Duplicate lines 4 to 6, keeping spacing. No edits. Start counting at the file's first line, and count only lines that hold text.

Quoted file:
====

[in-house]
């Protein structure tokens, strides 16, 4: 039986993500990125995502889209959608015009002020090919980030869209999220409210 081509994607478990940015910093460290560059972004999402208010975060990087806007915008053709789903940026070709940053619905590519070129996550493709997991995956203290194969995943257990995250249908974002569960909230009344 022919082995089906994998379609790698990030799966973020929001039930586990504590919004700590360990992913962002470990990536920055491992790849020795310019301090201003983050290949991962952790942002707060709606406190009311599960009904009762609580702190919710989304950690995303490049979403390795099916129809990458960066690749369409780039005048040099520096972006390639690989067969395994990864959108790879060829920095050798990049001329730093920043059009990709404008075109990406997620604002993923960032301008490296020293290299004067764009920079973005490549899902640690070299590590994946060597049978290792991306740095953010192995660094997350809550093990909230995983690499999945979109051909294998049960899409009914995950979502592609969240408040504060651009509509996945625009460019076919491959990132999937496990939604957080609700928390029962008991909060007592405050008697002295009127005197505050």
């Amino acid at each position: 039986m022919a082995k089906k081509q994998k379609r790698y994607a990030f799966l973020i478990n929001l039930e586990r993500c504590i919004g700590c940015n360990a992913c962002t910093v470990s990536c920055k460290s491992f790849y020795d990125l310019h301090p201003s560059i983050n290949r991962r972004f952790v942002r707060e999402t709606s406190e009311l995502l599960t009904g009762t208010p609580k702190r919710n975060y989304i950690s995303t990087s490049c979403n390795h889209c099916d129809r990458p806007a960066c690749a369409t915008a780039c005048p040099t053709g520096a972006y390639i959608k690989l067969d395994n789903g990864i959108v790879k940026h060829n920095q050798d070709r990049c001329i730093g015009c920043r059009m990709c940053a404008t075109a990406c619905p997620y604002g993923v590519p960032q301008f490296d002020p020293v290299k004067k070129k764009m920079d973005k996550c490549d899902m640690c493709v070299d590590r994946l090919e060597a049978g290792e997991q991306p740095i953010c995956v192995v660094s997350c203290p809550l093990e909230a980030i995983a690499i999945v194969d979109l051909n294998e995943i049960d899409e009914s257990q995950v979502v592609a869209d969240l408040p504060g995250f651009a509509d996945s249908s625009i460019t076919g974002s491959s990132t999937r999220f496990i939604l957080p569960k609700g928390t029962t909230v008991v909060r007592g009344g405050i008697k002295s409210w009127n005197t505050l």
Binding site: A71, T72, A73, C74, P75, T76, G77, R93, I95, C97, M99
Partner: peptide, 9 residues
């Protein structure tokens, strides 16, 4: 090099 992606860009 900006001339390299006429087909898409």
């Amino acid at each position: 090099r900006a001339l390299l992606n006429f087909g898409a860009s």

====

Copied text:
Binding site: A71, T72, A73, C74, P75, T76, G77, R93, I95, C97, M99
Partner: peptide, 9 residues
């Protein structure tokens, strides 16, 4: 090099 992606860009 900006001339390299006429087909898409």